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Turtle Mountain Star
Rolla , North Dakota
June 2, 2014     Turtle Mountain Star
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June 2, 2014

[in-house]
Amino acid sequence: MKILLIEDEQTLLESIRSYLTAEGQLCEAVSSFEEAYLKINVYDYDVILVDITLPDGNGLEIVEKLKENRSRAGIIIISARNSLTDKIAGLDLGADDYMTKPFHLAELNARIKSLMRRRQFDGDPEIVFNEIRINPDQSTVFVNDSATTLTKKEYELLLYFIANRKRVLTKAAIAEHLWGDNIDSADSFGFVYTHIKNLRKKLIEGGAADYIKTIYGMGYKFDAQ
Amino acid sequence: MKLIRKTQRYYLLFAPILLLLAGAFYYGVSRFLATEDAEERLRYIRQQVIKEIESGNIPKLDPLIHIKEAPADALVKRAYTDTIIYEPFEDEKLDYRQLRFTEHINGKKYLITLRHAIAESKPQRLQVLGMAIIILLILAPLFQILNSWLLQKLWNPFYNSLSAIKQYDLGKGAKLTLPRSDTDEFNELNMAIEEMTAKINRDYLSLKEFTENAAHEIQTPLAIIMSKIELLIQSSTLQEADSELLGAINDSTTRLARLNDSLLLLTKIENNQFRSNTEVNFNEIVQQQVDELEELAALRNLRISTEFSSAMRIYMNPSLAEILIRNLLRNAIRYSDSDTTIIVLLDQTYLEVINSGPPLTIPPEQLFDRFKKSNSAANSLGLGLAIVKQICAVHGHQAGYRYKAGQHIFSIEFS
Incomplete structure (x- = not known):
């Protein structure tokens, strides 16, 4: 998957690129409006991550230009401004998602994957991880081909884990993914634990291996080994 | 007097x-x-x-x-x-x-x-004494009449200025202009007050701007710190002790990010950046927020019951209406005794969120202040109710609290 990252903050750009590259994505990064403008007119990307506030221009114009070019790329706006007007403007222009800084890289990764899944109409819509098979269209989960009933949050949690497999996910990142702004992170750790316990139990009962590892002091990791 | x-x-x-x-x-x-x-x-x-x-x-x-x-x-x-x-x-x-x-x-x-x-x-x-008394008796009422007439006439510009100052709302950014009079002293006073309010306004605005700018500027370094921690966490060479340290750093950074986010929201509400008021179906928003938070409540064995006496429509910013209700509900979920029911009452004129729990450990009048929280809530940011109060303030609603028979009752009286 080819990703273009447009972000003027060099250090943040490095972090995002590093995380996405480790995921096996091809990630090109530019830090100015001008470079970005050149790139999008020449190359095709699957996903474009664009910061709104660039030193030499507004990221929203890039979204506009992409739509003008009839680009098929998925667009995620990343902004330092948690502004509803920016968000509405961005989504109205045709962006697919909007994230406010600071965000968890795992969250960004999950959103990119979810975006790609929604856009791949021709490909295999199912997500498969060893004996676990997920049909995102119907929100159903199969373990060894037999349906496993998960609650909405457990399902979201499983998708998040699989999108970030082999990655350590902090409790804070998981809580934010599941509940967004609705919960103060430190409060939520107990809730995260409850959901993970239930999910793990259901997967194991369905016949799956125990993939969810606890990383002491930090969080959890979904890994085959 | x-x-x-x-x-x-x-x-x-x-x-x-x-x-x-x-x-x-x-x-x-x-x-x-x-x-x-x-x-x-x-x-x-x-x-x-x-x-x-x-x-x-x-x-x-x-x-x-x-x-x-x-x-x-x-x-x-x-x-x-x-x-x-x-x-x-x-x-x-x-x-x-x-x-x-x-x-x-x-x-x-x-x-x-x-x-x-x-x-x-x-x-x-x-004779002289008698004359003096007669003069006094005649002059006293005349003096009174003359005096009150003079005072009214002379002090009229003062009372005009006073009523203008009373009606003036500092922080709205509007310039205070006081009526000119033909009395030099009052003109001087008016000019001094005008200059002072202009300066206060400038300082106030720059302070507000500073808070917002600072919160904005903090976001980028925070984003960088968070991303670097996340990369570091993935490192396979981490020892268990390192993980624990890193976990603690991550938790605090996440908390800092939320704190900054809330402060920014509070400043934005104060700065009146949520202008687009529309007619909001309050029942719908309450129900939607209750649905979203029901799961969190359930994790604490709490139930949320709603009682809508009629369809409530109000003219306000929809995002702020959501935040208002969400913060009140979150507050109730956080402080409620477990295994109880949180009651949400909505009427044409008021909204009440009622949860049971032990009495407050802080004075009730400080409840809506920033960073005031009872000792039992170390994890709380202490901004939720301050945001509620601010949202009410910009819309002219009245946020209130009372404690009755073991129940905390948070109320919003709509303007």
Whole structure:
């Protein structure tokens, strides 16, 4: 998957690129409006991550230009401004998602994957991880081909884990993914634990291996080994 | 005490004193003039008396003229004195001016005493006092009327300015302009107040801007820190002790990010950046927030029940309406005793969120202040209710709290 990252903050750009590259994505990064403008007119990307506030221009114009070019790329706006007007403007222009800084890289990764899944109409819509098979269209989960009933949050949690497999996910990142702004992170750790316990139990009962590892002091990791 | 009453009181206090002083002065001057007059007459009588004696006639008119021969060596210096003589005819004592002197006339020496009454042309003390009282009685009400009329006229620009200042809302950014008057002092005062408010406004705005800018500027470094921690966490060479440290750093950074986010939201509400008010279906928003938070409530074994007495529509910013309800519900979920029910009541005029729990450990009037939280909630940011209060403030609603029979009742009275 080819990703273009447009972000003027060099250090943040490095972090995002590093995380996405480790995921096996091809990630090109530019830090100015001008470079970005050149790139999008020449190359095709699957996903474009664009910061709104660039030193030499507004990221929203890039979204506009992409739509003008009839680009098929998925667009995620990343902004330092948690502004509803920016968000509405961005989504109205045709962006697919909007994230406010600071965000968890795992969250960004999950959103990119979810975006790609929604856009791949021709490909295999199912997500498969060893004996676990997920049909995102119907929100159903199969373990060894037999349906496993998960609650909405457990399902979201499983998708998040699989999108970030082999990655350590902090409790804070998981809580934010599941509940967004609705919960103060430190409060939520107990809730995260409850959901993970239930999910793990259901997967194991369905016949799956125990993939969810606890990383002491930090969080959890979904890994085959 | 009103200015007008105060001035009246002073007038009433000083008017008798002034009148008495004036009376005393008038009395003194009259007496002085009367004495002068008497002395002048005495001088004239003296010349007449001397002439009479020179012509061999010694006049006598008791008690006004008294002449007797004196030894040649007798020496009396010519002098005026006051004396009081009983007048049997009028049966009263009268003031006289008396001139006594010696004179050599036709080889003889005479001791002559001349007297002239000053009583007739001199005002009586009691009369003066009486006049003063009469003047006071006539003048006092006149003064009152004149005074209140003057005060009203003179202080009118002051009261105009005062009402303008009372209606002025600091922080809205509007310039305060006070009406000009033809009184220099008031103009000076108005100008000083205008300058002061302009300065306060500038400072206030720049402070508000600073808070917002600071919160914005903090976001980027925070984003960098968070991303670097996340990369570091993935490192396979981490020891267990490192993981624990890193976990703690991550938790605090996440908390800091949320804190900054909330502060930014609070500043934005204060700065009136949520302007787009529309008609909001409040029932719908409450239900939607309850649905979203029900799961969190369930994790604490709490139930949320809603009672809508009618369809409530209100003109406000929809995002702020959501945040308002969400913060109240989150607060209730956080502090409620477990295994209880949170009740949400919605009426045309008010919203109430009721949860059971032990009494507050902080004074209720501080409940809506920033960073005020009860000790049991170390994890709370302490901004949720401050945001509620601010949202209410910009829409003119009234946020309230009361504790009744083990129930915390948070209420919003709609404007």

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Page 4 The Star June 2, 2014 OPINION Have fun, but stay safe this summer Summary: Summer is no longer a distant dream, but don't let it turn into a nightmare. High temperatures and lightning storms are a good indicator that sum- mer has finally arrived. After our long, freezing winter and a less-than-spectacular spring, the new season is a relief. It's an easy step for everyone to take, but before we dive into summer fun head first, we should remember that clear skies can turn dark with all kinds of danger. Summer is the season that typically sees an increase in accidents re- lated to outdoor actives. Rolette County and the surrounding area is fortunate to have more than its share of cool lakes and fishing holes. These are great natural resources, but with the popularity comes the risk of accidents. Lake Upsilon, one of the county's most popular summer destinations, can get congested in a hurry and that's a prime threat for watercraft col- lisions and swimming accidents. In addition, traffic in the area will only increase as the summer months continue. Motorists should be extra aware of not only other cars and trucks, but also all-terrain vehicles and pedestrians. Even the simple task of mowing a yard calls for caution. A stone chip thrown from a rotating blade or a child too close can turn a regular chore into a 91 l-worthy incident. Combine any of the aforementioned activities with alcohol and the risks rise exponentially. We're not looking to throw cold water on everyone's summer. We're just urging people to make good choices. Like everyone, we want summer to last as long as possible. Using cau- tion is a good way to increase the likelihood that you can enjoy all of it. Let's relish this summer and stay safe. Other Views By Lloyd Omdahl How to contact the N.D. Congressional delegation Sen. John Hoeven - United States Senate Gll Dirksen Senate Office Building Washington, D.C. 20510 Phone: 202-224-2551 .. Sen. Heidi Heitkamp- United States Senate " G55 Dirksen Senate Office Building Washington, DC 20510 Phone: 202-224-2043 Rep. Kevin Cramer United States House of Representatives 1032 LHOB Washington, DC 20515 Phone: 202-225-2611 Other Views '7 Proposal could distinctly change higher education In the upcoming November gen- eral election, North Dakota voters will consider the Legislature's pro- posal to abolish the present Board of Higher Education and replace it with a full-time 3-member commission. This won't be the first time the state has addressed the issue of higher education governance. We did it in 1915, in 1919 and in 1938. The 1889 state constitution au- thorized the Legislature to launch the state universities and colleges and the Legislature created governing boards to oversee each institution. The University of North Dakota was governed by a 5-member board of trustees, limited to 12 meetings and 24 days per year. The "normal" schools at Mayville and Valley City had a joint board of 12 trustees but with separate 5-mem- ber boards of management for each. The "academy of science" at Wahpeton had a board of five mem- bers, three of whom were appointed, with the state treasurer and superin- tendent of public instruction serving as ex-officio members. The agriculture college (North Dakota State University) had a board of seven trustees limited to six meet- ings per year. The industrial school at Ellendale had a board of five members. All of the boards were appointed by the governor with the consent of the senate and their powers were sub- ject' to legislative change. The independent governing boards lasted until 1915 when the Legislature created a single board of regents for all of the universities and colleges. This board lasted until 1919 when the board of administration was cre- ated and given the authority to run all of the educational as well as the penal and charitable institutions. (Somehow, the Legislature must have reasoned that there was, or should be, some commonality among the education institutions and the state penitentiary and the state hospi- tal.) The board of administration con- sisted of three members appointed by the governor with the superintendent of public instruction and the com- missioner of agriculture and labor added as ex-officio members. Then in the highly partisan 1930s, the Governor William Langer tried to use the board for political fund-rais- ing. This raised the ire of the alumni of the educational institutions .... They went to work in 1938 and successfully launched an amendment to the constitution, removing control of the colleges and universities from politics by taking the institutions of higher learning away from the board of administration and legislative con- trol. So here we are in 2014, looking at a new proposal to change governance of the institutions of higher learning. This time, we are not looking at boards of trustees made up of layper- sons but a small board of three full- time administrators. Throughout the country, the norm for managing these institutions is an appointed board of laypersons. The proposal before us in November de- viates substantially from common governing pattern. At some point in our discussion about the full-time commission we will have to ask ourselves what we expect from a governing system. What has the Board of Higher Edu- cation failed to deliver that a 3-mem- ber full-time commission will provide? This will not be a simple question because most of the players in higher education policy are in disagreement over expectations. This is evidenced by our treatment of the management function. We have fired people for as- serting their roles as chancellors. We consider it a title and not a job de- scription ....... t : ........... j . The North Dak9 pglifical culture does not accept centra!ization or as- sertive management. We want decen- tralization and participatory decision-making. If this point is made effectively in the upcoming debate, the measure has an uphill fight. Potential for tourism in state is huge The potential for North Dakota tourism to be bigger than it has his- torically been has never been better. The state has the resources to better sell its attractions, and the national exposure from oil development in the west offers a unique opportunity to showcase far more than oil country. All that's needed now is a little leg- islative enlightenment. The North Dakota Tourism, Divi- sion, under the capable direction of Sara Otte Coleman, has made great strides in the past few years. Despite budget constraints, Otte Coleman and her staff have raised North Dakota's profile on the regional and national tourism map. They have spent wisely in order to tell the state's story, and results have been good. It's an especially opportune time to talk North Dakota tourism. The state celebrates its 125th birthday this year with all sorts of commemorative events, one of which is the Nov. 2 grand opening of the spectacular new Heritage Center on the Capitol grounds in Bismarck. The other, in August, is a Capitol grounds concert featuring several North Dakota per- formers. But in addition to the birthday cel- ebrations, the state has attractions in every corner, many of which are not well-known. State tourism has pre- pared brochures and an online pres- ence that showcases many of them. Whether a RedHawks baseball game in Fargo, or a University of North Dakota hockey game in Grand Forks, or a canoe excursion on the Little Missouri River in the Badlands, or fishing for trophy walleye and north- ern pike at Devils Lake, the state has a lot for tourists to enjoy. Everything points to a banner year for North Dakota tourism, which is the third-largest economic sector in the state after agriculture and energy. So tourist traffic is important not only to polishing the state's image but also to keeping the economy humming. One caution: North Dakota Tourism does a great job, but much more could be done if the Legislature appropriated more money. North Dakota's expenditures on tourism are among the smallest in the nation. Other states with lesser economic success spend more, and it pays off for them. Wealthy North Dakota can do better. And given the stewardship demonstrated by Otte Coleman and her staff, lawmakers should do more to build on success. (This editorial first appeared in the Forum of Fargo-Moorhead.) Champion golfers deserve a big party It's not often that this area can celebrate a state championship. Yes, we've had our share of individual wrestling state champions. We've had a few teams that have gained entry into a state tour- nament, but it's been a while. Along those lines, I can't add up the number of times an area team has finished second in a regional championship game. Last week, however, the Northern Lights cooperative of Rolla, St. John and Rolette brought home a championship for three com- munities by winning the Class B Boys' Golf Tournament. It marks the first-ever state team title for St. John. The first one for Rolla since the 1981 girls' basketball team and the first for Rolette since the 1990 football championship. It was not only appropriate but a great coin- cidence that the team's make-up consisted of two players from each town. Golf doesn't get a lot of attention and there isn't much of a following. There isn't a bleacher full of kids cheering on the team. There's no popcorn or bingo at halftime. Fans are usually limited to parents who walk along with their kids, watching carefully but unable to express as much encouragement as they want. After the Northern Lights' win last week, no one oharged onto the green or threw confetti in the air. Although some kudos goes to team A Cha w'th Max by JTN members Brody Cahill and Dalton Poitra, who had the foresight to get some ice water in big cups in order to douse head coach Cory Davis. For everything golf lacks in comparison to the typical high school sports, what it does have is a high level of difficulty. I would argue that its one of the hardest activities for young men and women to master. It's mind boggling the kind of practice it takes to develop every aspect of the game enough to score well on a consistent basis. Add to this the mental pressure involved and you have a recipe for an intense mental battle. Every shot taken can be equated to being on the free throw line with one second left in the game and your team is down by one. There's no one else available to take the shot for you. Not everyone is watching, no one is screaming, but the ball is a lot smaller and the target is 300- plus yards away. In addition to the mental fatigue, the game poses a physical challenge as well. On the final day of the state tournament, it was 96 degrees with a steady wind. These kids weren't on carts, they were lugging about 30 pounds of clubs, balls and tees on their backs. By hole 18, I saw more than a few kids who were completely wiped out after four-plus hours of walking, hauling and swinging. It was a grueling day that ended with a Ro- lette County contingent bringing home the biggest prize. These young men won the biggest trophy with hard work, practice and mental toughness. They're teammates, friends and now champions. The team's leader, Nick Myhre, is one of those rare athletes that has an enormous amount of talent, but doesn't get much atten- tion. He's a four-time all-state golfer with one individual state championship and two runner- up finishes in his high school career. He's signed to play National Collegiate Athletic As- sociation (NCAA) Division I golf at North Dakota State University. For that body of work, Myhre was named the North Dakota Class B Golfer of the Year. He is an amazing athlete in this difficult and challenging game. The potential for him to be- come even greater is only as limited as his de- sire to play and he's shown everyone that his love for golf runs deep. My advice is simple: Watch out for this kid. He is special. To bring back the comparison issue, North- ern Lights won the title by 10 strokes which would be akin to winning a basketball game by 25. They dominated on the day it counted most. I'll also add that if Myhre would have earned similar accolades in basketball, there would be a statue of him outside Rolette High School. A small group of us celebrated with the team on the 18th green with handshakes, smiles and photos. I felt kind of awkward because I wanted the golfers to have a more of a celebra- tion. They certainly deserved it. We still have a chance to give the team a proper party on Tuesday, June 10, at 5:30 p.m. at the Rolla Country Club. A reception will be held for the team that brought a championship to three towns in one shot. Pages from the past... 10 years ago June 1, 2004 A pair of ducks were the only liv- ing things enjoying Rolla's City Park last week. The incessant rainfall dur- ing the holiday weelend put a big damper on outdoor activities. Ac- cording to Curt Bonn's gauge, close to four inches of rain fell in Rolla last week. Anthrax, smallpox, plague-- terms that have been commonplace in many Americans' vocabularies. These biological weapons are often mentioned in the news and there has been an increasing awareness of the use of deadly diseases as a form of biological warfare. Presentation Medical Center (PMC), of Rolla, has recently been fitted with equipment developed to deal with these infec- tious agents. A grant from the state health lab furnished PMC with a level two Biological Safety Cabinet, commonly known as a hood, that has been in use since January. This hood gives PMC the ability to identify po- tential bioterrorism organisms that have infected human beings. Freshman students at Mount Pleasant High School in Rolla re- cently completed four quilts as part of their Lifeskills class. The 27 stu- dents made the quilts out of donated and leftover fabric. The students will donate their work to Project Linus, a volunteer organization that provides comfort to children who are seri- ously ill, traumatized or otherwise in need of homemade blankets. Amy Kram, the students' instructor, said Project Linus has a chapter in the state, so there is a good chance the Rolla quilts will go to North Dakota kids who are in need. Members of the Fred C. Wagner Post #245 American Legion and its Auxiliary were out in full force on ,Memorial Day, despite the incessant ,rainfall, Ceremonies were held at five areacemeteries, honoring those who gave their lives to the cause of freedom. A short program was held at Rolla School prior to a luncheon at the Legion cabin. The inclement weather forced the cancellation of the annual parade. 30 years ago May 28, 1984 Barbecues and fruit salads were the students' favorite meal when Ruda Gilje started cooking at the Rolette school. Thirty-one years later, barbecues and fruit salads are still on the students' favorite noon lunch. Next year, though, someone else will be doing the cooking, be- cause Gilje is retiring after having spent 31 years cooking for the stu- dents and staff at the Rolette school. Gilje started cooking at the school in the 1948-1949 school year, the first year of the hot lunch program in Ro- lette. 60 years ago June 3, 1954 Mayor W. A. Munro bought the first poppy from Sandra Slunaker, Junior Auxiliary member, as the can- vass of the city got under way at 10 o'clock on Saturday morning on An- nual Poppy Day. The poppies were distributed by junior members and their mothers working in teams. The funds received in contributions will be used in the Auxiliary's work for disabled veterans and their depend- ents. Good local response was re- ported. Letters to the editor The Turtle Mountain Star wel- comes letters to the editor. The letters must include the author's signature, address and phone number for verification of author- ship. Mail them to: The Turtle Mountain Star PO Box 849 Rolla, ND 58367 We reserve the right to shorten letters, edit out factual errors and reject those deemed libelous, in poor taste or of a personal nature. We will not run letters from the same author two weeks in a row. All opinions expressed are those of the author and do not represent the opinions of The Star. E-mail us at: